- BOCA CHICA KEY
- They worry about allergies and immune system difficulties and ailments
yet to be diagnosed.
- A few bolted for points north; others shuttered windows
and stayed inside.
- Word that the U.S. Army was conducting biological and
chemical detection tests off Key West last week -- using a crop duster
to spray what it says are benign substances over a small swath of the Gulf
-- set alarm bells ringing for some on this island chain.
- ''Monday I had my house closed up all day and the air
conditioner running because I was concerned and I couldn't find out what
was going on. The newspaper didn't say exactly where they were dropping,''
said Bill Eardley, a retiree who lives on Sugarloaf Key. "If I had
known in advance, and I was concerned, I would have jumped in a car or
plane and gotten out of here.''
- Using a small plane to release egg white powder, clay
dust, ethanol, irradiated vegetable spores and a chemical compound commonly
found in drugstore cosmetics -- all designed to simulate more ominous compounds
-- Army and Environmental Protection Agency researchers were trying to
determine whether civilian Doppler and drug interdiction radars can tell
the difference between a raincloud carrying moisture and a cloud carrying
something more ominous.
- The experiments -- concluded last week -- were deemed
a success, though the Army still says it needs to conduct an additional
$15 million to $20 million worth of testing in the U.S.
- Researchers are hoping software could be attached to
civilian radars like those used by the National Weather Service to alert
military and civilian authorities to unusual chemical or biological events
- But some locals greeted the tests themselves as a kind
of preliminary attack.
- ''The weirdest thing I heard from a couple of people
was that spores can travel 1,300 miles. They said that there was a spore
release in Texas that arrived in Florida,'' said Mickey Morales, an Army
spokesman who was on hand for the drill. ``Some people have told me they
have left the area or they have recommended to people that they leave the
- It probably didn't help matters locally that the Pentagon
went public with details of the tests less than a week before they began.
- AN EXPOSE
- A few days earlier, a free Key West newspaper carried
a front-page exposé on suspicious, Keys-photographed contrails that
sources -- including an unnamed wife of a Navy service member -- insisted
were actually ''chemtrails'' that could be the results of secret military
- Some worried residents contacted the Army, the media,
municipal officials, the EPA and U.S. Sen. Bill Nelson with their concerns
-- prompting Nelson's Washington office to inquire about the nature of
the tests, Morales said.
- Last week, it was Morales' job to make the words ''military
experiment'' seem palatable.
- It was a challenge in some quarters.
- ''A lot of people have claimed they have read X, Y, and
Z on the Internet,'' Morales said. ``Somebody called me on his cell phone
and wanted to know if it was OK to go boating.''
- Liz Holloway's neighbor on Sugarloaf Key ''evacuated''
to a place north of the Everglades when she heard the tests were imminent.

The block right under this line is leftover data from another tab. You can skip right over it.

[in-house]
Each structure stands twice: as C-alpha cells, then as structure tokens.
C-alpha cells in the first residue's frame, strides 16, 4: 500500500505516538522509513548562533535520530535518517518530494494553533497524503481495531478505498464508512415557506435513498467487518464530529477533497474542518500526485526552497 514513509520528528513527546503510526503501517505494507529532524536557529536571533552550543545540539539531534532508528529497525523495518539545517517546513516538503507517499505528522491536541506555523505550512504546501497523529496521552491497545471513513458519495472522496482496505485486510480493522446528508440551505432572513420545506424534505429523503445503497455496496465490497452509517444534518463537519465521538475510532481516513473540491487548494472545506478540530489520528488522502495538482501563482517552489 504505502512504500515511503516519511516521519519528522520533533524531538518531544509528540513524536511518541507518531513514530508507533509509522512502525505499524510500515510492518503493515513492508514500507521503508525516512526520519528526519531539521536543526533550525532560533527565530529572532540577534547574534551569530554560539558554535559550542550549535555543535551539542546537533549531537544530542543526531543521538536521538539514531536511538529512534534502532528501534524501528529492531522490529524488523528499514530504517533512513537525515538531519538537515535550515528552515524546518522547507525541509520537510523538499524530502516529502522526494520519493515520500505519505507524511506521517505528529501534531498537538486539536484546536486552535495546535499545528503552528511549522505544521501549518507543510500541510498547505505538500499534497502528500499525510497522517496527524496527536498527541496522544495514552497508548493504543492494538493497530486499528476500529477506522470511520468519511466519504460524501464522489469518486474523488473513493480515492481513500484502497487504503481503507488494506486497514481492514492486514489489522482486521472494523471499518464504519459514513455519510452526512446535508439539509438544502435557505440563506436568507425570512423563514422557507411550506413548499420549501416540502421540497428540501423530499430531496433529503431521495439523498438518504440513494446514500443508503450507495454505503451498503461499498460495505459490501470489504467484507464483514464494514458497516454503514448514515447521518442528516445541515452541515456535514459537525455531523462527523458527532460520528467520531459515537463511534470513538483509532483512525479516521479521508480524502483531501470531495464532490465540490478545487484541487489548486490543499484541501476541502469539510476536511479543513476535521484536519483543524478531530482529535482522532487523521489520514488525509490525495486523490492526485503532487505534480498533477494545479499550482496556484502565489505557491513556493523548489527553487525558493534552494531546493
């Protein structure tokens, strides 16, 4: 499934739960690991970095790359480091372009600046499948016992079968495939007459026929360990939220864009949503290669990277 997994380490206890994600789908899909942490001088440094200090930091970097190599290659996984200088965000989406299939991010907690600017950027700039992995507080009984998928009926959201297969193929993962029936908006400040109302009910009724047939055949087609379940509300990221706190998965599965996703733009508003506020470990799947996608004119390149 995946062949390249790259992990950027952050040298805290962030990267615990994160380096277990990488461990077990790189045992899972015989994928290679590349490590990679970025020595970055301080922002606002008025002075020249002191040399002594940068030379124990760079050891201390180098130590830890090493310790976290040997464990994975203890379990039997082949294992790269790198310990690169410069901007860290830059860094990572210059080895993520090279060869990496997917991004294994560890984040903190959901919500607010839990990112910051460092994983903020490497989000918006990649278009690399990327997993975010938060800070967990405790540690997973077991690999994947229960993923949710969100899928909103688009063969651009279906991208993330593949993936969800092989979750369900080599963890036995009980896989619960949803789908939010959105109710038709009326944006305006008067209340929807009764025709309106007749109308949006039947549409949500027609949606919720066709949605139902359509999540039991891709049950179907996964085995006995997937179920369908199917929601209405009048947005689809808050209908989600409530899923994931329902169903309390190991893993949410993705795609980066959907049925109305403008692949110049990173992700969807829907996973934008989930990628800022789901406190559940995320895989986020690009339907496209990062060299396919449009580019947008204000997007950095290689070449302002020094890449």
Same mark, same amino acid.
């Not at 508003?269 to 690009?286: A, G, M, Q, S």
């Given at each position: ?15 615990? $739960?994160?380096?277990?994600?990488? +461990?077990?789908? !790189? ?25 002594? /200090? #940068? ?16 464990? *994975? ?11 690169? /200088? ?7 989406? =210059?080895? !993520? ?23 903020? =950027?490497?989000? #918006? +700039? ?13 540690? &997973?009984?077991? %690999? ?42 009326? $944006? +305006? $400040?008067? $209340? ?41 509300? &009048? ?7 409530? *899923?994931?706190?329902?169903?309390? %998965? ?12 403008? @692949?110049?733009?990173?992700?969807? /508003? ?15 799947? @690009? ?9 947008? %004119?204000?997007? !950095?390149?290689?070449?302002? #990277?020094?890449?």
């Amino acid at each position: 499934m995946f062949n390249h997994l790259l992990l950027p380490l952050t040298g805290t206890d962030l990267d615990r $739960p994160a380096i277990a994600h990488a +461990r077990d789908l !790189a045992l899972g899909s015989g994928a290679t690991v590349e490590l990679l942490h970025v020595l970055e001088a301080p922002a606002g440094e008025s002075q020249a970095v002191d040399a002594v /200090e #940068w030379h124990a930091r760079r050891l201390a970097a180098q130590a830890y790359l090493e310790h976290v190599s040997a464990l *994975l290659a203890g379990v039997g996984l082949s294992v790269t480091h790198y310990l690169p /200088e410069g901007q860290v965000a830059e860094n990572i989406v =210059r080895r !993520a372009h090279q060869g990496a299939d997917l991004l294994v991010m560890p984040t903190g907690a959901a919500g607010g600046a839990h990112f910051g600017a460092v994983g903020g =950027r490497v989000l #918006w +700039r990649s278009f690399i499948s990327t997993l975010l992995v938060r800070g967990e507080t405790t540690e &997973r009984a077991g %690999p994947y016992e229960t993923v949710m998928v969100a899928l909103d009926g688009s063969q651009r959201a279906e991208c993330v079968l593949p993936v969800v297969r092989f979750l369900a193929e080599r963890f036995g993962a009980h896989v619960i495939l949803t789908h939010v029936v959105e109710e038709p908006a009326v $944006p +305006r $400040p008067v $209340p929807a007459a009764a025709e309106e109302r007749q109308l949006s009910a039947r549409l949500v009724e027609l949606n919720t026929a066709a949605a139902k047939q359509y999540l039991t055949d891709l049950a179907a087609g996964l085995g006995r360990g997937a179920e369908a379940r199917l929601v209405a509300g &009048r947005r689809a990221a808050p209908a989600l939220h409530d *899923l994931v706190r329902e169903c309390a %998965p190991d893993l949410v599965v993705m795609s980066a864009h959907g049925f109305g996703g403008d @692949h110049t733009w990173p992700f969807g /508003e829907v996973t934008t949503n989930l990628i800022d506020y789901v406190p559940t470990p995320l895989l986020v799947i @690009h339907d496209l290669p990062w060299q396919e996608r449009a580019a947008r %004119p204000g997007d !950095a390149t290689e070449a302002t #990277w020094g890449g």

- ''She has chronic fatigue syndrome and thought it might
exacerbate her condition,'' Holloway said. ``Am I worried I am going to
get sick 15 years >from now? Maybe. But who knows?''
- LITTLE NOTICE
- Holloway said she would have liked more advanced notice.
- ''My major problem was that I read the stuff in the newspaper
and I called the agencies that were supposed to be responsible for the
activity, and even their public information officers had no clue what was
going on,'' she said. ``I don't begrudge them that they have to do this
kind of thing, but at least give us a choice to not be here.''
- Some in the Pentagon considered forgoing the public information
campaign altogether, said Col. Stephen V. Reeves, program executive officer
for the Chemical and Biological Defense program. Reeves was in the Keys
Thursday to monitor testing.
- 'I received [a recommendation] from counsel, `Maybe we
should just go ahead,' '' Reeves said. ``I decided not to do that. If we
had been quiet about it and somebody had suddenly discovered it, it would
have confirmed everybody's worst suspicions.''
- The decision on how to publicize the tests apparently
went all the way up the chain of command to Secretary of Defense Donald
H. Rumsfeld's office.
- And so, last week, a steady parade of Keys residents
was escorted to a blue tent pitched next to a government RV across U.S.
1 from the entrance to the Boca Chica Naval Air Field.
- In an effort to allay local fears, Morales made a run
to a local grocery, picking up an angelfood cake, Visine eyedrops and a
mud mask of the kind used to combat acne -- all of which he said contained
- ''You can go to the supermarket and buy this stuff basically,
except for the dead spores,'' he explained.
- NOT SATISFIED
- The explanation didn't entirely satisfy Debora Edholm,
the wife of local Navy employee who says she has seen and photographed
hundreds of ''chemtrails'' of dubious origin.
- Thursday afternoon, Edholm and a friend were escorted
down a winding and wooded path, past a fence that's usually chained and
beyond the sharp cries of a mother hawk to the blue tent where researchers
were communicating by radio with pilots and radar operators involved in
- Next to radio consoles, maps and computer equipment were
jars containing examples of the compounds the Army dispersed in the tests.
- ''I have done a lot of research on what vitamin supplements
to take to combat the chemtrails. I get exhausted,'' Edholm explained.
``A lot of people down here are sick, you know. A lot of people think they
are doing this to take out weak people. It's population control.''